The threat of a cyber incident – at the hands of an adversary or an insider — looms large in organisations of all sizes.
In recent years, the number of sophisticated attacks on large infrastructures has surged, dealing billions of dollars in damage to enterprises worldwide. Malicious or negligent insiders further increase the risk of a breach or data leak. Making matters worse, the rapid adoption of cloud services and the Internet of Things (IoT) solutions, without proper safeguards, is expanding the attack surface for bad actors.
Large enterprises strive to build a secure ecosystem where multi-vendor components, on all levels, work seamlessly together. However, this is easier said than done in a dynamic infrastructure teeming with endpoints and just as many hands-on deck.
While employees remain the weakest link in the attack kill chain, recent studies show rapid adoption of new technologies like Infrastructure as a Service (hybrid clouds), Industrial IoT (IIoT) and Bring Your Own Device (BYOD) practices are opening the floodgates to new waves of cyber incidents. One of the biggest problems IT security chiefs face is the speed with which their teams can detect and respond to a potential security incident.
Prevention is key, and speed is key to prevention
Prevention is better than cure, and nowhere is this more true than in cybersecurity. There is no one-size-fits-all solution for every kind of threat or infrastructure. However, in recent years, progressive organisations have started taking a pro-active approach to combating cyber incidents. Their new strategy ― which marks a paradigm shift for cybersecurity — deploys multiple layers of detection, prevention, and remediation for all kinds of threats, both external and internal, at the network level as well as at endpoint level.
Even if a sophisticated attack gets past one layer, security operations centers (SOCs) can still catch the attack somewhere in transit. The time between detection and response is critical, for this strategy to work, some AI-magic is required ― automation.
According to a recent Forbes Insights survey, 75 percent of companies are falling way behind in this regard. To provide a solution that can achieve these goals, cybersecurity vendors have had to adapt their thinking as well. Enter Network Detection and Response.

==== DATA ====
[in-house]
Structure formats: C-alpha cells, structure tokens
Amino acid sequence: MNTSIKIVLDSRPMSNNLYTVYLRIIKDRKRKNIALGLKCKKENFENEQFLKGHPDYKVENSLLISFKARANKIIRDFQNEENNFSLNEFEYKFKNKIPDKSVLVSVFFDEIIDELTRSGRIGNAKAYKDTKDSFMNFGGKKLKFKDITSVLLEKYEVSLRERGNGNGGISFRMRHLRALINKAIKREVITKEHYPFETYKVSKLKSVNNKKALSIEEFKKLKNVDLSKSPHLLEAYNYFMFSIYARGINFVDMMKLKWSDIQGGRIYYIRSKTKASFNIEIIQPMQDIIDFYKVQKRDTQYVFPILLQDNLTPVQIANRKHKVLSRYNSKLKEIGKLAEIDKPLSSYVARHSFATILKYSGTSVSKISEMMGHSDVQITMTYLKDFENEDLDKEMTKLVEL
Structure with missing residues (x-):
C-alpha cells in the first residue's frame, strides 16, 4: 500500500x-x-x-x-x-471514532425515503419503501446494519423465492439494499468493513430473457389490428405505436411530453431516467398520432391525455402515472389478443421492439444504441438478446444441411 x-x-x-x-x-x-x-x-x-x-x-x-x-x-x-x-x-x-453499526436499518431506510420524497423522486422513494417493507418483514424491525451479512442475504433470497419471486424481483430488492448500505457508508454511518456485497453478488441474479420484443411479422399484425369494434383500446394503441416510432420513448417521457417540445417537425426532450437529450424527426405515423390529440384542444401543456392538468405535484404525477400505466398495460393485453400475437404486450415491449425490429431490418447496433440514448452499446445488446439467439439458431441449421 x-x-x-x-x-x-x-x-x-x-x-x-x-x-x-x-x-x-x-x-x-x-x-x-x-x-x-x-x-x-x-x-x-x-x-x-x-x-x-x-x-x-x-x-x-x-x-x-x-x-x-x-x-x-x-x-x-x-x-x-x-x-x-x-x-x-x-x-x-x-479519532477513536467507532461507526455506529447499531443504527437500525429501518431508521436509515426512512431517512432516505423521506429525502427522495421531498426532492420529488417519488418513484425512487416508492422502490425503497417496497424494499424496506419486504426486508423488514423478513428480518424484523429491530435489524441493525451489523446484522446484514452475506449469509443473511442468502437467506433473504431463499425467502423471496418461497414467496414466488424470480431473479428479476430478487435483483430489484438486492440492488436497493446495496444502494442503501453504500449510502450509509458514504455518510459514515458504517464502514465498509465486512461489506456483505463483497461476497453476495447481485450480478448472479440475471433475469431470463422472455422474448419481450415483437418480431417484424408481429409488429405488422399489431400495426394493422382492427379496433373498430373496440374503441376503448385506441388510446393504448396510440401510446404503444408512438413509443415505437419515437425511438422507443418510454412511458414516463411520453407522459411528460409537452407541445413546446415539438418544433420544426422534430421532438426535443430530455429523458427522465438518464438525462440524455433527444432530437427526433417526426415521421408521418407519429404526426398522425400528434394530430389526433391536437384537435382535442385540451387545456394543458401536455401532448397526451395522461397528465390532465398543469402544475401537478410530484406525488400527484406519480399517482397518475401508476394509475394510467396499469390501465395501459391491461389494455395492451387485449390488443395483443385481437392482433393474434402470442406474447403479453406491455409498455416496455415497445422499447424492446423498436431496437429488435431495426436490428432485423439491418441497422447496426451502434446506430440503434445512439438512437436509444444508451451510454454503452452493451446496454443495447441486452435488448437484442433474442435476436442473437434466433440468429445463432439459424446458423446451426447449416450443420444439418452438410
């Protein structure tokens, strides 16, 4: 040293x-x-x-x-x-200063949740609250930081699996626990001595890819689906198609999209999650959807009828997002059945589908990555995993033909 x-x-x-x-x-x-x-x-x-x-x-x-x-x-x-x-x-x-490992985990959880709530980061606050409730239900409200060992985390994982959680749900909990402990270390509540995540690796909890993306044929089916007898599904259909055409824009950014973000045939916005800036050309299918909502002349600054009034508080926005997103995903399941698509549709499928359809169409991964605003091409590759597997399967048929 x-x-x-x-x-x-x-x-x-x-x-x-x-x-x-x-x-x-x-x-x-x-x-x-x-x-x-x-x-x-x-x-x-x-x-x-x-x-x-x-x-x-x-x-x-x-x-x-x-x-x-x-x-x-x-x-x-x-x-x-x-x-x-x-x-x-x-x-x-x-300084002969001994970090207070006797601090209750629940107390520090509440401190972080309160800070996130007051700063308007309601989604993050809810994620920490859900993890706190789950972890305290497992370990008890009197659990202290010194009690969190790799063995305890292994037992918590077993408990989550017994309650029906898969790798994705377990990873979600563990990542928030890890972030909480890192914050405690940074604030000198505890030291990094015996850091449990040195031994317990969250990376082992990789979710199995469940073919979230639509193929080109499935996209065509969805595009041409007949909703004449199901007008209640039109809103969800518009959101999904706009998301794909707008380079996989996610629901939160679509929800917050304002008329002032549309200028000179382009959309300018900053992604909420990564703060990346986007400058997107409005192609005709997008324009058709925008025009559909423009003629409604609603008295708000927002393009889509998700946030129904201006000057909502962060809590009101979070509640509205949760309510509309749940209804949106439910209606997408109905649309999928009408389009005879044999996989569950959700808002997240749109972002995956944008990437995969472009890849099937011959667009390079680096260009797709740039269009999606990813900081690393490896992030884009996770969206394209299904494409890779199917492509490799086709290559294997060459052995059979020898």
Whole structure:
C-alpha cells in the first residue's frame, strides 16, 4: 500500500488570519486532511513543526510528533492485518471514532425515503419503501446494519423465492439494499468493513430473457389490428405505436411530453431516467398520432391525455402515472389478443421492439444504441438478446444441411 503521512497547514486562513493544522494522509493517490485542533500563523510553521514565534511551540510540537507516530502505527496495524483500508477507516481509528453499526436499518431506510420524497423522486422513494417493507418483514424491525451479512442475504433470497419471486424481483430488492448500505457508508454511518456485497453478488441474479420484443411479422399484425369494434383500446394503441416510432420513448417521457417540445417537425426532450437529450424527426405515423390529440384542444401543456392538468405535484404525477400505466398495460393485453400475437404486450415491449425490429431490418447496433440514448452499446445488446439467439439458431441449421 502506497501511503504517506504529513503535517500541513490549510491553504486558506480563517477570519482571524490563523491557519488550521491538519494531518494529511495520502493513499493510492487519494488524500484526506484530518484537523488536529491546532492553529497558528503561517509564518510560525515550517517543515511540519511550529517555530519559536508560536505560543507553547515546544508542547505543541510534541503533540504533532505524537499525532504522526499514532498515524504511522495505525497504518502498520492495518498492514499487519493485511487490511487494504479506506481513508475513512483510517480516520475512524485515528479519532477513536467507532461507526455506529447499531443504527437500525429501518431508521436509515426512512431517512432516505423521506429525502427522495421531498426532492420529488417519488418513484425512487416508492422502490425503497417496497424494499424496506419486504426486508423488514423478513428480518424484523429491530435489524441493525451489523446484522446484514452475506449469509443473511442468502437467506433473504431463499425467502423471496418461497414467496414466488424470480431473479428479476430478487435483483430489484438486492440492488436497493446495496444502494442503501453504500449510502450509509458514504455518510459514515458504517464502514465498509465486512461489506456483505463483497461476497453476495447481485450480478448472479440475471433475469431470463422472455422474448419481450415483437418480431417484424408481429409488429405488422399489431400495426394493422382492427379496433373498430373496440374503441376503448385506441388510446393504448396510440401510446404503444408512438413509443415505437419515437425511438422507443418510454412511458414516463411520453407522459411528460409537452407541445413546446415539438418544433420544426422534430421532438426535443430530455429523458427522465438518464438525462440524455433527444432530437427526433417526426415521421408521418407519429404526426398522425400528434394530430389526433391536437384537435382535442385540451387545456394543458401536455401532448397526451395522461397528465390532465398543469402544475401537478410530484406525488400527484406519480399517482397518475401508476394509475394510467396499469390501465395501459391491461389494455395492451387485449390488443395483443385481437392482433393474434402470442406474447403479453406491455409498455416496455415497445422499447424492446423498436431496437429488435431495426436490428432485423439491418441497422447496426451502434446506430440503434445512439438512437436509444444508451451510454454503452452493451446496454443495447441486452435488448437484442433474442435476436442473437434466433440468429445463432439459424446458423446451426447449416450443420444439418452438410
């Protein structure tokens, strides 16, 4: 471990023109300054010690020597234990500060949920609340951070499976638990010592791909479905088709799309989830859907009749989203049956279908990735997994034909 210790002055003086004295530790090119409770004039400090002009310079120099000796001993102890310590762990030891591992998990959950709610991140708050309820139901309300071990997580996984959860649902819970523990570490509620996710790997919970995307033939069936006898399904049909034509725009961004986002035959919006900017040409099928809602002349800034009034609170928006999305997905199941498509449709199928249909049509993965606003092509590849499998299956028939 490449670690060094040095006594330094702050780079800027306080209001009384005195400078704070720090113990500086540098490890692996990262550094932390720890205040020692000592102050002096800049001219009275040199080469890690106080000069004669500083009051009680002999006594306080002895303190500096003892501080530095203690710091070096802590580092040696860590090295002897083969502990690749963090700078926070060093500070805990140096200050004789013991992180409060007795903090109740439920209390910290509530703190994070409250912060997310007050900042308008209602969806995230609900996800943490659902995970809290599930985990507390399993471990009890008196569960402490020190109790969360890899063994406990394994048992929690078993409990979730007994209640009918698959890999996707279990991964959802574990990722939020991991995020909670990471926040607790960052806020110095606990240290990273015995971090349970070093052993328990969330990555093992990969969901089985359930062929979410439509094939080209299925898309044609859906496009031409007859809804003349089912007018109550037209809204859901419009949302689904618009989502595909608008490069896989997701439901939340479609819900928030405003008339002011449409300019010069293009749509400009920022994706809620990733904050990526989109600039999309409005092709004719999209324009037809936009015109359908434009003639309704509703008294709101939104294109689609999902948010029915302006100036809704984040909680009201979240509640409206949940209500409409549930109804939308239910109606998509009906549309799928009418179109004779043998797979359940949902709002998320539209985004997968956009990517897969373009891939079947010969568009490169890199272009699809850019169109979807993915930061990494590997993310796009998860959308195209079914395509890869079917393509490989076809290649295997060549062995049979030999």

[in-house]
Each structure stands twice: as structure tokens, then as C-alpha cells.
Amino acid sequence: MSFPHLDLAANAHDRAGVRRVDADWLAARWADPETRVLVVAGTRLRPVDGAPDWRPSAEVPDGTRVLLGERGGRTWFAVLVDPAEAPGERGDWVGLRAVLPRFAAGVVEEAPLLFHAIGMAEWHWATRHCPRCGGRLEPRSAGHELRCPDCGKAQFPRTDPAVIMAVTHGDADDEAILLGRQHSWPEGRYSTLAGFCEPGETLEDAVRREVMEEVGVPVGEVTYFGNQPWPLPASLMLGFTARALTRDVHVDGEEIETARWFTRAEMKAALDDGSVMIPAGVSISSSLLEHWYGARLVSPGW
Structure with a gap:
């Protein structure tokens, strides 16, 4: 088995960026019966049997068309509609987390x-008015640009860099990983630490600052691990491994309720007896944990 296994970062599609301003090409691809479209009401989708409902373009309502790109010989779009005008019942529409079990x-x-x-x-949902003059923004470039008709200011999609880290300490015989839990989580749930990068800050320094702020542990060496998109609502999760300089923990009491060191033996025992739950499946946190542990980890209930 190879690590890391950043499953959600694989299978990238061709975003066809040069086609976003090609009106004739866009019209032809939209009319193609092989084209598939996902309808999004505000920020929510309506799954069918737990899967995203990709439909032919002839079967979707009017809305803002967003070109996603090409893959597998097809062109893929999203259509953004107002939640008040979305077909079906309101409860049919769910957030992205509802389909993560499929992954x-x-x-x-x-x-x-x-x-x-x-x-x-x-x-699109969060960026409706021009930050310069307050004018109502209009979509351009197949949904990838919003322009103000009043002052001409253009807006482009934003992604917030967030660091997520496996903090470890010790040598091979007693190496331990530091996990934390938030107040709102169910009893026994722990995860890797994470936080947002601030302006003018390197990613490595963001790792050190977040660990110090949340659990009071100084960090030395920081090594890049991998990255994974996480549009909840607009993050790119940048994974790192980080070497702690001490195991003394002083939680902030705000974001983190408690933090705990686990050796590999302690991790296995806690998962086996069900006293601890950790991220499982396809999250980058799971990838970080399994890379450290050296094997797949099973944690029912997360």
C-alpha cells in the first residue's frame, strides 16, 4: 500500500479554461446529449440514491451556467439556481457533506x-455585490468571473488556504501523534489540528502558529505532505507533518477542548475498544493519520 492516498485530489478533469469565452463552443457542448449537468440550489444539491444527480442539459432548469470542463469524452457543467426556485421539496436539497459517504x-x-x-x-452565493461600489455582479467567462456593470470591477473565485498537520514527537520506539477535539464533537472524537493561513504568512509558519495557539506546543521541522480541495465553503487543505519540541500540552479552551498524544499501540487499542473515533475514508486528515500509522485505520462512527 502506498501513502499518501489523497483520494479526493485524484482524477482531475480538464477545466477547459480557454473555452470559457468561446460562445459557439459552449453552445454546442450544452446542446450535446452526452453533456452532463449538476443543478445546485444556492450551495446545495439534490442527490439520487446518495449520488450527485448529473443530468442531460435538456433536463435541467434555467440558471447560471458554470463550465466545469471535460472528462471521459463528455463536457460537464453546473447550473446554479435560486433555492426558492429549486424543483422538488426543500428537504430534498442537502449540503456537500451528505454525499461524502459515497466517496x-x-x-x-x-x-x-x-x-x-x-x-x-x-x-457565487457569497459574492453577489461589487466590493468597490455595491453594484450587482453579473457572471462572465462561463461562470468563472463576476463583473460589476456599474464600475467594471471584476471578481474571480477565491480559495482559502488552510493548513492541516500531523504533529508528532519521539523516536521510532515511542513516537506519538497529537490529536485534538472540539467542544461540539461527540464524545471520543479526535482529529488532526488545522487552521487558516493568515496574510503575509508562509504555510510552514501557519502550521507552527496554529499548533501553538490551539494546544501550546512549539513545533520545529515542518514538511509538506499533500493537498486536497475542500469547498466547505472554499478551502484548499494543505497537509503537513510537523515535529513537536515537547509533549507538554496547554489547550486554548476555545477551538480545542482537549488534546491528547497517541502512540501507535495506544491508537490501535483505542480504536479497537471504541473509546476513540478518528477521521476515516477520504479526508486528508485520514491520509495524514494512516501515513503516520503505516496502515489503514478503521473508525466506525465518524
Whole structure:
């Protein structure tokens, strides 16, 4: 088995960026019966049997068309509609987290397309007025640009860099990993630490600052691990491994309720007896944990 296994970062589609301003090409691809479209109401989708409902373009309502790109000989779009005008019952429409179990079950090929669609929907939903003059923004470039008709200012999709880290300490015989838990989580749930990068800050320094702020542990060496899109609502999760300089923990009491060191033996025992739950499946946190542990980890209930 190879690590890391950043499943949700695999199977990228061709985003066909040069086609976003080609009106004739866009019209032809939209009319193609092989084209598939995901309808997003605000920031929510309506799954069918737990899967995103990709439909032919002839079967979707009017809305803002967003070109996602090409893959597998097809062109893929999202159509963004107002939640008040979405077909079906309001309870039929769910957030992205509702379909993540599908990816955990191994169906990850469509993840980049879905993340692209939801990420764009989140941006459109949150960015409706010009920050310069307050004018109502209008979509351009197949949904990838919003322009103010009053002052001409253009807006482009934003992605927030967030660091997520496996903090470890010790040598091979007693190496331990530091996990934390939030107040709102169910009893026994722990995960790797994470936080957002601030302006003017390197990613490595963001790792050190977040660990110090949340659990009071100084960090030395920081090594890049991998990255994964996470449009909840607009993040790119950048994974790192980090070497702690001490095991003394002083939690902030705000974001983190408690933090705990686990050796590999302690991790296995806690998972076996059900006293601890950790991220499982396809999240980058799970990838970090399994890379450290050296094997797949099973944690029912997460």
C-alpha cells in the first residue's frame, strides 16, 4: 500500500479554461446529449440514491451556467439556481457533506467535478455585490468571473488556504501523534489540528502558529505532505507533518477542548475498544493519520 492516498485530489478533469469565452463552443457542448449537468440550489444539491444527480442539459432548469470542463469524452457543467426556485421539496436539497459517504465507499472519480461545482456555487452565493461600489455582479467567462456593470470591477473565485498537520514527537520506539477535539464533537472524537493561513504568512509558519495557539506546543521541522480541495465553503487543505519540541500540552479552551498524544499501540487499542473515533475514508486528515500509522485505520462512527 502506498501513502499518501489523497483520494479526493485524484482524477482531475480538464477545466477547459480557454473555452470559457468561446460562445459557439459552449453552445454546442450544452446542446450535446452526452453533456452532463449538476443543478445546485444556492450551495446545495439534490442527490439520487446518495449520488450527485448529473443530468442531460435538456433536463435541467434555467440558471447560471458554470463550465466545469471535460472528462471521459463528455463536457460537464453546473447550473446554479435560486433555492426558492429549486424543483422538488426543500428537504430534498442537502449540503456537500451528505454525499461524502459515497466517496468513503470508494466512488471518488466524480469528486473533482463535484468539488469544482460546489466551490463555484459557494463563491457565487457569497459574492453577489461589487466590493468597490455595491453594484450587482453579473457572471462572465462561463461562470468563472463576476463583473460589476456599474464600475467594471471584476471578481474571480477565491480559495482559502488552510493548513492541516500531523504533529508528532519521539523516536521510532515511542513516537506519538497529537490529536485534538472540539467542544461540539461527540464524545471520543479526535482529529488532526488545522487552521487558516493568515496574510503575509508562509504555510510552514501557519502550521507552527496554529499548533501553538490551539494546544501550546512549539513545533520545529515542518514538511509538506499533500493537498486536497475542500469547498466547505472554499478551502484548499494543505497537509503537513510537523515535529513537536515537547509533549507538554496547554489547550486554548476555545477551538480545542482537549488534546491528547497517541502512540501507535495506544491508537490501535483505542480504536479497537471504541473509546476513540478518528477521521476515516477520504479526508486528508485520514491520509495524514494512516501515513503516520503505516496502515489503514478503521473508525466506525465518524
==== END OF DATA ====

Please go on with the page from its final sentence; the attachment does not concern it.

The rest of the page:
Network Detection and Response
Network Detection and Response (NDR) — the brainchild of Network Traffic Analytics, Network Forensics and Endpoint Detection and Response ― combines advanced security traffic monitoring and analytics, in-depth investigative capabilities and remediation measures on both endpoint and network levels.
A next-generation solution, NDR enables SOC teams to perform fast triage, root cause analysis, and network-wide remediation. It supports both manual and automated remediation actions and saves time and resources without requiring additional hires or skill.
Network-centric security isn’t new, but it’s certainly a recent hot topic in the context of evolving cyber threats. To better combat advanced persistent threats, malware, malicious insiders or negligent behaviour, vendors have started to craft solutions using machine learning and behaviour analytics with insights from cloud threat intelligence derived from millions of sensors globally.
An immediate key benefit of leveraging behaviour analytics and threat intelligence is the drastic reduction of false positive alerts, and their associated condition known as alert fatigue, by consolidating similar alerts and pre-staging evidence in one view. Fast, automated alert triage enables SOC teams to dramatically improve how they handle incident investigation and threat response.
Choosing the NDR solution that’s right for you
Advanced threats call for advanced defenses, and recent studies indicate the time to start prospecting is now. Your ideal NDR deployment leverages cloud threat intelligence based on data, collected from millions of endpoints globally, for out-of-band network traffic meta-data analytics based on AI, ML and advanced heuristics. Threat intelligence is key to achieving superior detection of advanced persistent threats with minimal false positives.
A business handling large clusters of customer data should prospect NDR solutions that only analyse traffic meta-data, eliminating the risk of exposing payload data on unencrypted communication, and ensuring compliance with both local and international data privacy laws. The exclusive focus on traffic meta-data eliminates privacy concerns surrounding non-encrypted traffic, but still lets SOCs identify network behaviour that violates policy. The ideal NDR deployment can further ease compliance by analysing encrypted traffic for suspicious behaviour without having to decrypt actual data packets.
Enterprises everywhere must protect corporate-issued endpoints, user-managed devices and network elements, as well as BYOD and IoT deployments. This is particularly true in most UAE and Saudi firms. A recent Honeywell study shows two thirds of companies operating in these countries view IoT as critical to growth. Besides the main pain points of protection, costs and skills, NDR will help dramatically in terms of interoperability within the IT ecosystem, especially for hybrid infrastructures with smart devices, IoT, Operational Technology (OT), and even legacy systems.
Finally, all prospecting NDR buyers should seek a single-pane solution that offers a bird’s eye view of all network activity across the infrastructure, saving them time and money without requiring an extensive, skilled staff to maintain the solution, while stepping up the security maturity ladder.